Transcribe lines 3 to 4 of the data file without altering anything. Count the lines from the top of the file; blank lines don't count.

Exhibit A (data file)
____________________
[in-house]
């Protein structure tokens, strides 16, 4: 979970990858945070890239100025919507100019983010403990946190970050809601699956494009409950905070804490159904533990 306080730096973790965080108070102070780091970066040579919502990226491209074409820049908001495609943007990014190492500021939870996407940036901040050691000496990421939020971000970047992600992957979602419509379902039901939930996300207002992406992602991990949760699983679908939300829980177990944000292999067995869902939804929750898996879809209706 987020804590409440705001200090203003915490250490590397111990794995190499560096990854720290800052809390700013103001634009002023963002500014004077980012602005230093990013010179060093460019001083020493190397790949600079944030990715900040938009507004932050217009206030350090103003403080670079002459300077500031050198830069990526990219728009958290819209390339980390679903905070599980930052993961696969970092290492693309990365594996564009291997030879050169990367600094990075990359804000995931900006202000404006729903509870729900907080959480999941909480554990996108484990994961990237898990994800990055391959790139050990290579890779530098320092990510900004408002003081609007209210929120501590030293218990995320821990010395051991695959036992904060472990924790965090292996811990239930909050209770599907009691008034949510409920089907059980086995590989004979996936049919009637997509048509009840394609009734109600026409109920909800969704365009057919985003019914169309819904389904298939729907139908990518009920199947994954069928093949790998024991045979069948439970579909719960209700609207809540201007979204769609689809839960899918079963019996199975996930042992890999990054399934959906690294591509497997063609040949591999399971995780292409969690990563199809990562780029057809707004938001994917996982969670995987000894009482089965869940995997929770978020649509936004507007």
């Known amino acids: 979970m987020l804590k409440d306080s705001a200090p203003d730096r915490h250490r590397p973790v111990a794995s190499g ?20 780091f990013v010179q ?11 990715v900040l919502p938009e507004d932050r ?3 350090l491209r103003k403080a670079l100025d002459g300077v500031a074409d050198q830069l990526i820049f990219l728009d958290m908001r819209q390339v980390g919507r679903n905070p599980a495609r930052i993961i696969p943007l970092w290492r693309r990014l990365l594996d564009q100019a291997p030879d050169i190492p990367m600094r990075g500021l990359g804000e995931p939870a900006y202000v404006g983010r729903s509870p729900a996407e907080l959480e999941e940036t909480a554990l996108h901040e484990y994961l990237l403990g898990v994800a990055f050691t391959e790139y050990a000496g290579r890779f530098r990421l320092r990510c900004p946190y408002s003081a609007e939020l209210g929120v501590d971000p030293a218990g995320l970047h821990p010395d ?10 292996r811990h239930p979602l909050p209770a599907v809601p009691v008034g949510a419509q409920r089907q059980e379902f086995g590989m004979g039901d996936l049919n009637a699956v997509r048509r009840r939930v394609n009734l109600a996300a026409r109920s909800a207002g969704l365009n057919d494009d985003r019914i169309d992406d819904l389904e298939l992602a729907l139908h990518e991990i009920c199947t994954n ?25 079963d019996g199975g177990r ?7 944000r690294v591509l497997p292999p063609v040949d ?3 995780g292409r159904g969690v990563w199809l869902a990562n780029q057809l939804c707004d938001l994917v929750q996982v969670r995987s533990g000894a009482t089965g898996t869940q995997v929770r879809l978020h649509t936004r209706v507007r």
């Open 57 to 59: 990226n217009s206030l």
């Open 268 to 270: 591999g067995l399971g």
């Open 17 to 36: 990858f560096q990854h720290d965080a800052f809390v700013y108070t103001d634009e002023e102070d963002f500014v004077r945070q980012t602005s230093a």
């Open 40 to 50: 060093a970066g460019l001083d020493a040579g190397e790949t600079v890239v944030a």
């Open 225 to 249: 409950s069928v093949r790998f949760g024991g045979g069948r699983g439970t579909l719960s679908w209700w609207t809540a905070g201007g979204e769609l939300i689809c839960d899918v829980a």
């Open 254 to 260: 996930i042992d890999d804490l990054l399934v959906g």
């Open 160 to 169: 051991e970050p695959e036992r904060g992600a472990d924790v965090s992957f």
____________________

């Known amino acids: 979970m987020l804590k409440d306080s705001a200090p203003d730096r915490h250490r590397p973790v111990a794995s190499g ?20 780091f990013v010179q ?11 990715v900040l919502p938009e507004d932050r ?3 350090l491209r103003k403080a670079l100025d002459g300077v500031a074409d050198q830069l990526i820049f990219l728009d958290m908001r819209q390339v980390g919507r679903n905070p599980a495609r930052i993961i696969p943007l970092w290492r693309r990014l990365l594996d564009q100019a291997p030879d050169i190492p990367m600094r990075g500021l990359g804000e995931p939870a900006y202000v404006g983010r729903s509870p729900a996407e907080l959480e999941e940036t909480a554990l996108h901040e484990y994961l990237l403990g898990v994800a990055f050691t391959e790139y050990a000496g290579r890779f530098r990421l320092r990510c900004p946190y408002s003081a609007e939020l209210g929120v501590d971000p030293a218990g995320l970047h821990p010395d ?10 292996r811990h239930p979602l909050p209770a599907v809601p009691v008034g949510a419509q409920r089907q059980e379902f086995g590989m004979g039901d996936l049919n009637a699956v997509r048509r009840r939930v394609n009734l109600a996300a026409r109920s909800a207002g969704l365009n057919d494009d985003r019914i169309d992406d819904l389904e298939l992602a729907l139908h990518e991990i009920c199947t994954n ?25 079963d019996g199975g177990r ?7 944000r690294v591509l497997p292999p063609v040949d ?3 995780g292409r159904g969690v990563w199809l869902a990562n780029q057809l939804c707004d938001l994917v929750q996982v969670r995987s533990g000894a009482t089965g898996t869940q995997v929770r879809l978020h649509t936004r209706v507007r």
């Open 57 to 59: 990226n217009s206030l």